2018-02-15 / Front Page

Goats called upon to help fight invasive

Grazing at Clay Cliffs
By Jen Murphy
of the Enterprise staff

VOLUNTEERS FOR the Leelanau Conservancy help to remove the invasive garlic mustard plants. VOLUNTEERS FOR the Leelanau Conservancy help to remove the invasive garlic mustard plants. Clay Cliffs Natural Area is being invaded, and goats just might come to the rescue.

In an attempt to control the invasive garlic mustard, the Leelanau Conservancy has proposed using four-legged ruminants to help eliminate the overbearing, non-native plant.

Leelanau Conservancy natural areas and preserves manager Becky Hill sees the situation as critical.

“Garlic mustard continues to expand its infestation at Clay Cliffs and if we do not get a handle on it soon, we may reach the tipping point of no return and lose a great amount of plant diversity,” she said.

The loss of diversity is the reason the garlic mustard must be eliminated.

“I really think about it like a wildfire. You can work on these small fires, but until you get a handle on the main infestation area you won’t solve the problem,” Hill said.

GARLIC MUSTARD plants are an invasive species and spread quickly after seeds drop in May and June. GARLIC MUSTARD plants are an invasive species and spread quickly after seeds drop in May and June. According to Hill, the management plan for Clay Cliffs that acts as an agreement between Leland Township and Leelanau Conservancy allows for conservation grazing to be considered for the invasive species management.

The practice of conservation grazing is not uncommon. It is considered to be a natural, sustainable method to control invasive plants. Usually, sheep or goats are employed for their talents of eating unwanted plants, but cattle can also be used for the task.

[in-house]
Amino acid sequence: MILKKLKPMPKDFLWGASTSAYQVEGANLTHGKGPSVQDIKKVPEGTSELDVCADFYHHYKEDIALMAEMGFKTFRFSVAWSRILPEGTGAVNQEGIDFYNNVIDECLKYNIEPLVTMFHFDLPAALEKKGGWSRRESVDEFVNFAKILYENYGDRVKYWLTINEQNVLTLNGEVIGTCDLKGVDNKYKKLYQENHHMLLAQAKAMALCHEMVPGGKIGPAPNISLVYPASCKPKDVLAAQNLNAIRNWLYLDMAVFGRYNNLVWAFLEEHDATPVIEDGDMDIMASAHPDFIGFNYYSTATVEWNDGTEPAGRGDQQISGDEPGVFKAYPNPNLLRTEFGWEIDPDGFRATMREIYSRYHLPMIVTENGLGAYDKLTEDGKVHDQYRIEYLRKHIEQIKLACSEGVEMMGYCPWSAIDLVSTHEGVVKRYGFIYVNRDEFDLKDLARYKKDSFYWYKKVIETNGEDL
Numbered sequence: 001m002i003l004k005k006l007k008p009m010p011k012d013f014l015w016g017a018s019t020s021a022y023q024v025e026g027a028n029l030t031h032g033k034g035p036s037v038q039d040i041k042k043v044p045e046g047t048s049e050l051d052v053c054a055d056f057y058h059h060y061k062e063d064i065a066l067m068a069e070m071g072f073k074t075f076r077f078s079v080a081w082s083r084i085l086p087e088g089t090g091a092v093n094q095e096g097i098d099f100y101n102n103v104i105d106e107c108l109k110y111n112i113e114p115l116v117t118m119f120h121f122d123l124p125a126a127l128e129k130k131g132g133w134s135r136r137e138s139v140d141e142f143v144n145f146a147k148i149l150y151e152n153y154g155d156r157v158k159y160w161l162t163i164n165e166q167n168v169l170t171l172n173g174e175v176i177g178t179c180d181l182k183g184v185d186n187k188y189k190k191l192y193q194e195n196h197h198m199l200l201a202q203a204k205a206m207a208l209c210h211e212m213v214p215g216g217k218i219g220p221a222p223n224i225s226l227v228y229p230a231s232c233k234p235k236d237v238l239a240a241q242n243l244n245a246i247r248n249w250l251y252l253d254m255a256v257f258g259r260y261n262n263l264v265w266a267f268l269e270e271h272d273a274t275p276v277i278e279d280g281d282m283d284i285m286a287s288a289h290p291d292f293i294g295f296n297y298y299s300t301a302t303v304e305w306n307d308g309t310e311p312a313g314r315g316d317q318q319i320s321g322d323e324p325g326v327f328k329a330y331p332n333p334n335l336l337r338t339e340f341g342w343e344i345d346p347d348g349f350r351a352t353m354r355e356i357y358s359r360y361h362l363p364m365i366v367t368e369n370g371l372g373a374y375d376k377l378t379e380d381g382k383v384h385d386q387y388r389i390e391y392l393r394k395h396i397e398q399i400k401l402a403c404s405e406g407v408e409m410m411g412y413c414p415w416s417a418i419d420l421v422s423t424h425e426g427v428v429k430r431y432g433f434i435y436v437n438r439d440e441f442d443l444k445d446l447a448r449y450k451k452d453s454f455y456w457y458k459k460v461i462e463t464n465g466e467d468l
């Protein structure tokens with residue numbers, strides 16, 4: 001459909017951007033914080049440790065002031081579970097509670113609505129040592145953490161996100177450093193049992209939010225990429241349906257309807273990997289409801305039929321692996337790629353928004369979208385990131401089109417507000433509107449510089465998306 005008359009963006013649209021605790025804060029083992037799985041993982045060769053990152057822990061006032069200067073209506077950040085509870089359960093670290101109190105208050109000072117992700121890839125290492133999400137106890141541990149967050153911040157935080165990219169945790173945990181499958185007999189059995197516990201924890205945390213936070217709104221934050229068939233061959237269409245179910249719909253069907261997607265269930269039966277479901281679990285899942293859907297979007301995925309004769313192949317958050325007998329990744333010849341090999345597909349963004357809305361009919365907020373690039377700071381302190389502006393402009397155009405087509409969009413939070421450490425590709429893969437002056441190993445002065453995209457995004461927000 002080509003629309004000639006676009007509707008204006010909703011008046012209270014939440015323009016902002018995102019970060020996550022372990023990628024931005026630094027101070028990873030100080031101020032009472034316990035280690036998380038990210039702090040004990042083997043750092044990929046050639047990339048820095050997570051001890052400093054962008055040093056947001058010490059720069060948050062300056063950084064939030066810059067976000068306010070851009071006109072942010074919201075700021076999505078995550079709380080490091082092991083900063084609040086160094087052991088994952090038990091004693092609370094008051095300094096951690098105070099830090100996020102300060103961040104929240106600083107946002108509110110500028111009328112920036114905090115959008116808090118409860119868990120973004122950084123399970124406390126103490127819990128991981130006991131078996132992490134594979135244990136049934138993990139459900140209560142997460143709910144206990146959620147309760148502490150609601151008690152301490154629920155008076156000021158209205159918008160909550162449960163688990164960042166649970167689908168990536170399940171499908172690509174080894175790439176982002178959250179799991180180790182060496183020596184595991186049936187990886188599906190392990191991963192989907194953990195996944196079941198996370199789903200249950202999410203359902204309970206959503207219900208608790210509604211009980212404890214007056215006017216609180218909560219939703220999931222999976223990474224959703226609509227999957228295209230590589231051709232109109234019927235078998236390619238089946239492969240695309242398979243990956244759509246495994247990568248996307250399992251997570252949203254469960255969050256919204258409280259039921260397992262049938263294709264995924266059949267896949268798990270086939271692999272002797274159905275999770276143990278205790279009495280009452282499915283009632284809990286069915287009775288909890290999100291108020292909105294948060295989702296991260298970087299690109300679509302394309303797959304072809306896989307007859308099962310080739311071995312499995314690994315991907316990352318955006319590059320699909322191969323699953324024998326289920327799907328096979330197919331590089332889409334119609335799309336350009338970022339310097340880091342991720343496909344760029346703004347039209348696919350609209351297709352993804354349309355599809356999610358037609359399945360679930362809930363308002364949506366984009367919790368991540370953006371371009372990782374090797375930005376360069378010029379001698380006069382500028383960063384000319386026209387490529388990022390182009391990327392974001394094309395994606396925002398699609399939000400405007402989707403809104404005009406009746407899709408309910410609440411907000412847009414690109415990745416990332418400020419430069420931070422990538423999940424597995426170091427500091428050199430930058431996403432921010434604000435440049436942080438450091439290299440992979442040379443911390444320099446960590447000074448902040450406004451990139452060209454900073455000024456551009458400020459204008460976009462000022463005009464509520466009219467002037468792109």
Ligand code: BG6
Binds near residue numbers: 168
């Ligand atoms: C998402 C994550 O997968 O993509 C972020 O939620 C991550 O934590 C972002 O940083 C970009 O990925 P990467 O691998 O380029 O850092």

“I believe this (using goats for conservation grazing) is a best management practice at this point in time,” Hill said. “The area where we’d like to put the goats is beyond human manual control, either by pulling or cutting.

“The next alternative would be to broadcast spray with herbicide, and although effective, I do not like using herbicide in that type of way. I think it can be an effective tool in a selective, spot treatment way, but I do not like to use it in this broad way.”

Leland Township supervisor Susan Och is cautiously optimistic.

“It’s an experiment,” Och said. “This terrain (at Clay Cliffs Natural Area) is difficult to clear. It’s hard work, and goats like to do it.”

Och, who has worked with livestock in the past, said she is familiar with using ruminants for land management.

“Years ago, you’d use livestock to clear land. But goats are wily, and I have questions about keeping goats contained,” she said.

More typically, elbow grease, mowers, tillers or herbicides are used to remove invasive species, Hill said. “We just don’t have the manpower of doing what we need to do. There aren’t enough days in the month of May before the plant goes to seed.”

Sleeping Bear Dunes National Lakeshore chief of natural resources Julie Christian said livestock use is outlined in the Lakeshore’s management plan and it would be something the government agency would consider for its land as well, particularly in the Port Oneida district.

“If it proves an effective management, it might be something we would consider,” Christian said. “We are not acting on it at this time, but it’s something we would consider.”

And although conservation grazing isn’t the cheapest method, Hill said she thinks it will be the most effective in the Clay Cliffs situation.

The goats are scheduled to arrive in May before the plants go to seed. This timing ensures seeds passing through a goat’s system would not simply replant garlic mustard in another location.

Upon arrival, the grazers will be contained in an electric fence, monitored, and enjoy eating garlic mustard for breakfast, lunch and dinner.

Assisting up to 30 goats will be 4 sheep.

How long will this process take?

“This is the big question,” Hill said. “From what I have heard, garlic mustard seeds can remain viable anywhere from five to ten years, or possibly longer. If we keep at it, the population size will reduce over time, but we would still need to continue to monitor the sites for many years to come.

“We still need a ton of volunteers to help out. It’s everywhere. One plant is all it takes.”

Hill said the Conservation District is working to establish a “dump site” for invasive plants pulled by anyone. The project would be in partnership with the Invasive Species Network.

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